Anambra election and the future of Nigerian democracy

By Uzor Maxim Uzoatu

The dream of nationwide credible elections in Nigeria will get its acid test through the November 18 Anambra State gubernatorial election. It is as though the future of Nigerian democracy rests on the showcasing of a free and fair election in Anambra State. Well over 30 gubernatorial candidates have thrown their hats into the ring in the keen contest to try their luck against incumbent Governor Willie Obiano of the All Progressives Grand Alliance (APGA).

It is the prescient duty of the Chairman of Independent National Electoral Commission (INEC), Professor Mahmood Yakubu, to provide a level playing field for all parties. Incidentally, Governor Obiano has met with President Muhammad Buhari in the drive to ensure free and fair polls on November 18.

Nigerians voting in an election

It has to be stressed that for much of the dispensation of civil rule since 1999, Anambra State represented all that has been wrong in Nigerian democracy.

It was the only state in which a then incumbent governor in 2003, Dr. Chinwoke Mbadinuju, was refused a second term by his party, the then ruling People’s Democratic Party (PDP). During the selfsame 2003 elections, Anambra Senatorial and House of Representatives candidates who had been duly declared winners by the INEC were replaced with names of people who never contested the elections as a result of what was termed “orders from above”.

It all climaxed with the abduction of then Governor Chris Ngige by forces loyal to his self-advertised godfather, Chief Chris Uba. Ngige miraculously survived the abduction, and it came into public knowledge that his godfather and his cohorts had taken him to the dreaded Okija shrine and made him swear to sign over the treasury of the state to them at gunpoint.

Instead of being arrested for their nefarious deeds the Anambra goons got away with then President Olusegun Obasanjo dismissing it all as “a family affair!” Obasanjo also revealed that Chris Uba once brought Ngige to him to inform that the Anambra governorship election was rigged in favour of Ngige without the then governor knowing how it was done. In the end, Ngige had to leave office when the election tribunal ruled that it was Peter Obi of APGA who actually won the election.

Before the pristine APGA Governor could settle into proper governance he was impeached, and had to go back to court to reclaim his mandate. Then the 2007 election was afoot and the powers-that-be refused to put his name and that of Ngige on the ballot. Peter Obi once more went back to court to determine the actual tenure of his mandate.

Meantime, Obasanjo’s erstwhile Presidential Assistant Andy Uba was declared winner of the Anambra State governorship election. Uba was only in power for 17 odd days before the Supreme Court sacked him by declaring that Peter Obi’s tenure had not expired.

The landmark judgment has led to the staggering of Nigerian elections; whence the coming of the Anambra gubernatorial election before all the others. It is against this gripping background that it stands to reason that if the Anambra election fails, then 2019 is all but damned. This will indeed be a fatal blow to Nigerian democracy.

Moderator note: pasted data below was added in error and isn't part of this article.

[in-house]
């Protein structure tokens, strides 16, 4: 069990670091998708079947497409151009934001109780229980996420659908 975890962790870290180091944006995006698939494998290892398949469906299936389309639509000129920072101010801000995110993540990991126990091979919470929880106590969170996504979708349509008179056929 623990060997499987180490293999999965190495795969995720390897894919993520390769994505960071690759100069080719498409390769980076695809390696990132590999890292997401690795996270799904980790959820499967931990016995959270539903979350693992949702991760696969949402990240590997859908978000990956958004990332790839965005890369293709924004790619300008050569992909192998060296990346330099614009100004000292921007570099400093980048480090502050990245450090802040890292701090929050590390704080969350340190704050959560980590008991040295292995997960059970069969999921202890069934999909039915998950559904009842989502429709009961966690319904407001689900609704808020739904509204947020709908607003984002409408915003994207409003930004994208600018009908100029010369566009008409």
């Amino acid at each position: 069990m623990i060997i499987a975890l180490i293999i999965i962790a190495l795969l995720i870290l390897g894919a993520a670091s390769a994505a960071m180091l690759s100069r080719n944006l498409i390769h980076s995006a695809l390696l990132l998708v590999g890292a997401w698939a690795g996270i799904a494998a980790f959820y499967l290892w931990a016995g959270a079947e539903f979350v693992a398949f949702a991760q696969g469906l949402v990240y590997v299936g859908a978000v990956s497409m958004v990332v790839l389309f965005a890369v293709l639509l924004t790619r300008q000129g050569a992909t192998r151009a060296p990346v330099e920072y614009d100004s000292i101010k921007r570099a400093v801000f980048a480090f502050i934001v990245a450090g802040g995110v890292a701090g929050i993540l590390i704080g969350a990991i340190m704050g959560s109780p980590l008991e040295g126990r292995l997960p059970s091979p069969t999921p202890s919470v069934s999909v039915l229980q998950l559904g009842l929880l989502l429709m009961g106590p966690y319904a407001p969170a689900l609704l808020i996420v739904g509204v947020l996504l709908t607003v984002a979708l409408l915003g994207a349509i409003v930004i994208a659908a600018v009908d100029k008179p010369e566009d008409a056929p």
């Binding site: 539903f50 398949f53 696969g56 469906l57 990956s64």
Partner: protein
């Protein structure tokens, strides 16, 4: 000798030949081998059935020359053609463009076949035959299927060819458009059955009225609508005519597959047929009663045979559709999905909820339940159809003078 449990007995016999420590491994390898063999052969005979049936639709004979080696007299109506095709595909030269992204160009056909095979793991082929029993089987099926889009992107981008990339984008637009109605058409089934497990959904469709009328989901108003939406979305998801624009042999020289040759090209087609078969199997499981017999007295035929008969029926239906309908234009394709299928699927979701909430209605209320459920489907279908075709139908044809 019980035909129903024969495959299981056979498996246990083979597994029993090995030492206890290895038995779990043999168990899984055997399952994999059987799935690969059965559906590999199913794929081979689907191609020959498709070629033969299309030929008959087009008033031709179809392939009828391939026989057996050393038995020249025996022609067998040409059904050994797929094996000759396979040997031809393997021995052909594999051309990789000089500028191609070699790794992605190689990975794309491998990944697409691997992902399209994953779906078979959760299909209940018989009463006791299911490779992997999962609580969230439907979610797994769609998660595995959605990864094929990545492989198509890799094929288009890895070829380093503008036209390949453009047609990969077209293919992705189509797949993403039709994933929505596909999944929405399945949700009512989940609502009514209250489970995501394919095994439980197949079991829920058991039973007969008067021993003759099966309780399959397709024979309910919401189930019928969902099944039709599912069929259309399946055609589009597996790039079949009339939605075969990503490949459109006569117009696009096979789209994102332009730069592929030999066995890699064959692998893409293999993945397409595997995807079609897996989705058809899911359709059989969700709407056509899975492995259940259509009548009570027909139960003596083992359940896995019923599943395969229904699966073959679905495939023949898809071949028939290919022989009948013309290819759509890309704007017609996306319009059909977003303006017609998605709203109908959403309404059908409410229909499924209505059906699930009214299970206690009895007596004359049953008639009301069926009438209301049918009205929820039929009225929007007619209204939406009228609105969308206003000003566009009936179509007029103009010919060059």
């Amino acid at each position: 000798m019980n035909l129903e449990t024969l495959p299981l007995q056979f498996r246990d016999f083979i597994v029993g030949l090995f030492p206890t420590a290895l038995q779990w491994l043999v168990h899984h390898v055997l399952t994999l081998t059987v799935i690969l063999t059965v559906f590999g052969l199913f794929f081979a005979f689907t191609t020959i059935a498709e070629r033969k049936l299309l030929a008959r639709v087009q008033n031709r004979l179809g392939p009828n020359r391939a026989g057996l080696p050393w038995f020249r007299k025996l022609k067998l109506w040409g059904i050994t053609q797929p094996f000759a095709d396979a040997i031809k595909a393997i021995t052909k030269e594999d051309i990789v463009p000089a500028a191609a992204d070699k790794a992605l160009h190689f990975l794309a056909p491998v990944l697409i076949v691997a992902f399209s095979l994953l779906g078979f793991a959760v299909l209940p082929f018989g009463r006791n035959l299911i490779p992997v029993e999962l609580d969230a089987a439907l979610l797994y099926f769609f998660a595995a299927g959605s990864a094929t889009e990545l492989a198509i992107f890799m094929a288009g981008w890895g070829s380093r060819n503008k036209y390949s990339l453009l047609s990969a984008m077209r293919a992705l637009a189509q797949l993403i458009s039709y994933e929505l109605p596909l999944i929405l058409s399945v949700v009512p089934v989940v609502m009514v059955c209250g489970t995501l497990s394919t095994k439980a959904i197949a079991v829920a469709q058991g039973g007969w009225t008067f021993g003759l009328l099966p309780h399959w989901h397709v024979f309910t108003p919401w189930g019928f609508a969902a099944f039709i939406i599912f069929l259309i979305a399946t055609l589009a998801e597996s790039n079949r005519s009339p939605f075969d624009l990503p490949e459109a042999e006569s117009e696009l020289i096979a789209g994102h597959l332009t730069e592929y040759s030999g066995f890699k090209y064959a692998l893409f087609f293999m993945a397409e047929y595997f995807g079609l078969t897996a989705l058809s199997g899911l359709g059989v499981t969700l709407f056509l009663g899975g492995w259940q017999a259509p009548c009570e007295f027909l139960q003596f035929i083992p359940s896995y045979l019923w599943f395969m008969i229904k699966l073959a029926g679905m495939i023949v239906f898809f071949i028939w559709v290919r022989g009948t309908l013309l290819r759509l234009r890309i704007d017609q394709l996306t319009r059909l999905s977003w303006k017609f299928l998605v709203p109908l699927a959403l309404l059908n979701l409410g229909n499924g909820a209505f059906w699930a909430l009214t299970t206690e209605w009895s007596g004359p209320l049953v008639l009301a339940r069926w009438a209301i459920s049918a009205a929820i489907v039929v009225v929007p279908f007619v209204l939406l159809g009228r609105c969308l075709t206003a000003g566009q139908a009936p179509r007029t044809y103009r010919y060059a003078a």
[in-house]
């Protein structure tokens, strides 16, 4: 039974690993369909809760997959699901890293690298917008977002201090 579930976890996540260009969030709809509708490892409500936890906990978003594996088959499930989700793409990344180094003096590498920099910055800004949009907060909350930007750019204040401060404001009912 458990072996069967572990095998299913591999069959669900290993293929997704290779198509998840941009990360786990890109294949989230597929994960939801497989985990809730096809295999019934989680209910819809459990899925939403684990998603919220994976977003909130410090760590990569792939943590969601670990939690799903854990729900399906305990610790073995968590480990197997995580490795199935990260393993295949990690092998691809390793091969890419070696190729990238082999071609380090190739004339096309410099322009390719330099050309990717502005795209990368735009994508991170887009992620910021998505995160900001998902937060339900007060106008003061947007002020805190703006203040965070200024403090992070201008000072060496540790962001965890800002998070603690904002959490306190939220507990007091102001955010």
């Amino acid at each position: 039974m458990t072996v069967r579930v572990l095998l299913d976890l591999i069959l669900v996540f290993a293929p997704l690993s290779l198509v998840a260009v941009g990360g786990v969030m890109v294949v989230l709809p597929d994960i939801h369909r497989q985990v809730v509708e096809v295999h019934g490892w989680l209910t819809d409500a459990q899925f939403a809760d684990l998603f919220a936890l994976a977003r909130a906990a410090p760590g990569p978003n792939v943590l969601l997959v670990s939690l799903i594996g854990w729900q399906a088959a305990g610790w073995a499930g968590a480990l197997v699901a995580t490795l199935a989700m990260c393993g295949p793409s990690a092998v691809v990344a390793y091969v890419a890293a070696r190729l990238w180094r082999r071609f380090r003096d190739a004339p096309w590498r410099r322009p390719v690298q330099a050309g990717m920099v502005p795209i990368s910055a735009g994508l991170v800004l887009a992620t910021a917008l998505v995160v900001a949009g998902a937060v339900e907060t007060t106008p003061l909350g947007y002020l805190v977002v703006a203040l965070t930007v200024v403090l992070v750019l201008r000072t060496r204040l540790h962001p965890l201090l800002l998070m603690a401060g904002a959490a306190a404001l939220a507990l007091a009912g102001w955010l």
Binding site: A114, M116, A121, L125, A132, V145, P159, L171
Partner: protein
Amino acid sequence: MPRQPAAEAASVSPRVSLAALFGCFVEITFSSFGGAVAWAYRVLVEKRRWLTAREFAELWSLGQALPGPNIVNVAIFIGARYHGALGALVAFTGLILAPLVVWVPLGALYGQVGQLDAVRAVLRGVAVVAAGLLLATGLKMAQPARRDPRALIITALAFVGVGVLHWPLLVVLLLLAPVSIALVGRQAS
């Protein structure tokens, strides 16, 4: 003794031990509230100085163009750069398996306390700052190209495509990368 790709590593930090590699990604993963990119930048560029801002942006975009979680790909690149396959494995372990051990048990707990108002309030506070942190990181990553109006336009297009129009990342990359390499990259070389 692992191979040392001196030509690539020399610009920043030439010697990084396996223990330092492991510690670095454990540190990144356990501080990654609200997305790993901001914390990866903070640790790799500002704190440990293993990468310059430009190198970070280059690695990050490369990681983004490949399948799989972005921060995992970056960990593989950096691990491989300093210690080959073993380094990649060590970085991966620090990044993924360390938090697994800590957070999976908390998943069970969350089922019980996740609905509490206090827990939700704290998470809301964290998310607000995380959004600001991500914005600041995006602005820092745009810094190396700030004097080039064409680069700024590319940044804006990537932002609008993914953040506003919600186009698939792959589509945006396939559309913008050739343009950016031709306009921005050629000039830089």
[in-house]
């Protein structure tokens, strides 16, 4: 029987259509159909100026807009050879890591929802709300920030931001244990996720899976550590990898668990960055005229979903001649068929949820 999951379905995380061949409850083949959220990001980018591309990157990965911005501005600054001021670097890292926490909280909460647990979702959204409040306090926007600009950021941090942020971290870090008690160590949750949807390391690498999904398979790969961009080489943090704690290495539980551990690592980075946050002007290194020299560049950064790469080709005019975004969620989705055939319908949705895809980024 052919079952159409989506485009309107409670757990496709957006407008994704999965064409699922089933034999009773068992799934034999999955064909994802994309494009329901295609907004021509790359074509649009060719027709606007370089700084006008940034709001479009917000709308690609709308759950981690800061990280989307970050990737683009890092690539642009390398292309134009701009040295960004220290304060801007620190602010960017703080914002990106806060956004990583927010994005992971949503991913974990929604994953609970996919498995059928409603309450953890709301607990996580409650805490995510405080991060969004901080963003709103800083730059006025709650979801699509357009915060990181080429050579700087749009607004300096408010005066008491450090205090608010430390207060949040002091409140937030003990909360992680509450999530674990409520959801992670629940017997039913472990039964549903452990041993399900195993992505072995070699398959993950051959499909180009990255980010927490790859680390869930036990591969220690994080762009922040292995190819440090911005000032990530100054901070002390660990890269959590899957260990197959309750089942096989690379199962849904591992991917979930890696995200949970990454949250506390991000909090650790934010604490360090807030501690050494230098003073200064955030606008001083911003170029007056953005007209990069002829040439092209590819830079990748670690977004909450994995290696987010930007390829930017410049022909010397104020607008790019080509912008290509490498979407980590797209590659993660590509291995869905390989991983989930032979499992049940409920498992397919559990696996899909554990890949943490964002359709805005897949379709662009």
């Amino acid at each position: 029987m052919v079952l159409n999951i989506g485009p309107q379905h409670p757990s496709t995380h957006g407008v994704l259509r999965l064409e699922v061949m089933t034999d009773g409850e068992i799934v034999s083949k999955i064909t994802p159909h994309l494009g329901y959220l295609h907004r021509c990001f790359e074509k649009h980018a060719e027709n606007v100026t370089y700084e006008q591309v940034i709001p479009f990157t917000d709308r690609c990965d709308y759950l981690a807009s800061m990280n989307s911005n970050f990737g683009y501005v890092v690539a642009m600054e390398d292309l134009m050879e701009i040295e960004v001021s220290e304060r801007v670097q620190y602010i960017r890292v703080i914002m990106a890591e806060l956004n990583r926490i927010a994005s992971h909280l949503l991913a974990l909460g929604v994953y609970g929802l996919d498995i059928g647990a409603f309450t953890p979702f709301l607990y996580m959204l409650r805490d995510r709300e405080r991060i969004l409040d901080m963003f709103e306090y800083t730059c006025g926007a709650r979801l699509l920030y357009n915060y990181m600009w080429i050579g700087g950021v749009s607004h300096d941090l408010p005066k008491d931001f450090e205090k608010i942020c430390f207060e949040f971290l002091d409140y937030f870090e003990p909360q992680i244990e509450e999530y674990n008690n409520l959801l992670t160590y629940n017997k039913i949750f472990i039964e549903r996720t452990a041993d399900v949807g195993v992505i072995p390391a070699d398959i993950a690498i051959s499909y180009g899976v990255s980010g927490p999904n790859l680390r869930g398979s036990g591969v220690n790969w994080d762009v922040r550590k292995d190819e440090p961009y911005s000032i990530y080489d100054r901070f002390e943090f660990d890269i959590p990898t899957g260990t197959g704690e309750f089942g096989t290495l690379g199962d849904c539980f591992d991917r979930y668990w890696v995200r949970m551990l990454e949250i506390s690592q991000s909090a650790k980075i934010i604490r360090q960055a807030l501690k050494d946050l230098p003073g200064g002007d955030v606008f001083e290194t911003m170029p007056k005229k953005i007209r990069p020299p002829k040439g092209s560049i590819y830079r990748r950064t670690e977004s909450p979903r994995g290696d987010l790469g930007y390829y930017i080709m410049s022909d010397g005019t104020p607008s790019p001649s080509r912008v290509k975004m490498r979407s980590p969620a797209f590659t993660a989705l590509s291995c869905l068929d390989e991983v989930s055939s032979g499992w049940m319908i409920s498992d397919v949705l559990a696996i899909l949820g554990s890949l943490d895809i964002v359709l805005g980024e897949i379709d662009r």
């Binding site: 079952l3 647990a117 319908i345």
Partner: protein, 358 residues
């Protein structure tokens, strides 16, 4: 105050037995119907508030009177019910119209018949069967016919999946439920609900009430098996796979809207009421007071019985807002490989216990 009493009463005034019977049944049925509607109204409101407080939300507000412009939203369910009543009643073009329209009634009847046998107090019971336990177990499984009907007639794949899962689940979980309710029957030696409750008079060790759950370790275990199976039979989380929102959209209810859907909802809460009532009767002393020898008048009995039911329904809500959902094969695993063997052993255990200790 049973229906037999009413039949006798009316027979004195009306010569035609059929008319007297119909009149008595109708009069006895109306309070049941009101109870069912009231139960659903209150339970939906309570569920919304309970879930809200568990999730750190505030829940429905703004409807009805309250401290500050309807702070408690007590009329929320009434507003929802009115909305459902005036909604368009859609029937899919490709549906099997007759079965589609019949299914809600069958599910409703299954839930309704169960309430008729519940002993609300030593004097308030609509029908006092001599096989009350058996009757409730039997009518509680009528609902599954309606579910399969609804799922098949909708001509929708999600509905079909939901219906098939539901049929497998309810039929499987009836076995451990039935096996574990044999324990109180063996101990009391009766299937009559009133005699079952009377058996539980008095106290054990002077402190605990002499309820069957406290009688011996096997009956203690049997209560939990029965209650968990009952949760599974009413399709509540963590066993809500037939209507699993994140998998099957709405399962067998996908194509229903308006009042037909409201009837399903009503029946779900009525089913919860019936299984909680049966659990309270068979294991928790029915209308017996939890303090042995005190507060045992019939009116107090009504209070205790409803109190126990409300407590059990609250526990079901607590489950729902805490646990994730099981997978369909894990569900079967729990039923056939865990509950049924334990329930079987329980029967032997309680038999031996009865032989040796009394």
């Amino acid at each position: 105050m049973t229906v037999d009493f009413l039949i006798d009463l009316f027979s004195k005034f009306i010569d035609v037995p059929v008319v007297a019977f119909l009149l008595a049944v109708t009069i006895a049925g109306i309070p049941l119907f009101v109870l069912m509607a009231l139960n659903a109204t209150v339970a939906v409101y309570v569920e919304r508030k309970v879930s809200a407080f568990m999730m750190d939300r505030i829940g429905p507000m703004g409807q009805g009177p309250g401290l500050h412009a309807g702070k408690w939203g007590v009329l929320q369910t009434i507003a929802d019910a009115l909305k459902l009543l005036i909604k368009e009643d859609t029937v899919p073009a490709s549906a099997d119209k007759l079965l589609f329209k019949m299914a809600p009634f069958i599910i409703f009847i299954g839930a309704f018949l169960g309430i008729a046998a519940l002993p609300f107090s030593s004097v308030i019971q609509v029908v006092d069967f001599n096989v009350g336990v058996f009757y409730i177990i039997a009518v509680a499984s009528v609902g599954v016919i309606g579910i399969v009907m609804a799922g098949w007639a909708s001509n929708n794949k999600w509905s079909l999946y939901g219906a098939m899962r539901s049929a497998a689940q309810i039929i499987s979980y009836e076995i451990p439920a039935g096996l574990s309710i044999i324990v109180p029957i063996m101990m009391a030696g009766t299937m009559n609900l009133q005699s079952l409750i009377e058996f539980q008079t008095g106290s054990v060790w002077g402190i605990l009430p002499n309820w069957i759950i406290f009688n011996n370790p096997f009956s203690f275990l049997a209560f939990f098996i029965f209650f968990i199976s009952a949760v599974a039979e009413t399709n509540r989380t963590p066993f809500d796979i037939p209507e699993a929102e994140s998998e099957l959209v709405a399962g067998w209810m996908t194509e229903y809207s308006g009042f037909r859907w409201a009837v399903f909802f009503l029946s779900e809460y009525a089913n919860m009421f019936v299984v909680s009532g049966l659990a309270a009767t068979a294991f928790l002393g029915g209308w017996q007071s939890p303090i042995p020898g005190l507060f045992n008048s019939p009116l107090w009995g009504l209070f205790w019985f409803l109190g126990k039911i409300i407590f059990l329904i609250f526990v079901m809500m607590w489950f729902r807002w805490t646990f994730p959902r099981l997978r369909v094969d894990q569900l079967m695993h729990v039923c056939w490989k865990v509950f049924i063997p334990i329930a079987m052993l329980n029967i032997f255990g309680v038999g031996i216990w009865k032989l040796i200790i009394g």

INEC Chairman Prof Yakubu urgently needs to prove doubters wrong by using the Anambra State gubernatorial polls as a watershed of free and fair elections. The police should ensure adequate security during the polls. The will of the people must not be thwarted this time around in the larger interest of the survival of democracy.

The Obasanjo-Yar’Adua-Jonathan-Buhari 18-year span represents the longest time that the country has practised democracy. It bears reiterating that all the elections since 1999, except for the 2011 and 2015 polls, had not won the respect of the international community.

The 2003 and 2007 polls were actually panned across the globe as exercises on how not to conduct elections. President Buhari keeps harping on his desire to for once give the country credible polls. The Anambra election should prove to be the penultimate test pending the 2019 presidential polls.

The INEC should ensure free access to local and international monitors to observe the elections. This is one clear way for the elections to earn the respect of much of the civilized world.  Democracy will not be worth its name without credible elections. INEC made a remarkable impression in the 2011 and 2015 elections by initiating the decentralization of the announcement of election results at the polling stations.

It had been a regular pattern in the past that the ballots were taken to the local government headquarters for the announcement of results. This almost always led to the snatching of ballot boxes and the announcement of fake results. INEC equally made the promise then of promptly announcing election results within 48 hours. This has been observed largely in the breach.

Once INEC gets its wheels to work properly towards guaranteeing credible elections in Anambra State, it is incumbent on the voters to file out in large numbers to determine who to give the mandate. Let the ground-breaking conduct of the Anambra election serve as a pointer for good to all future elections in Nigeria.

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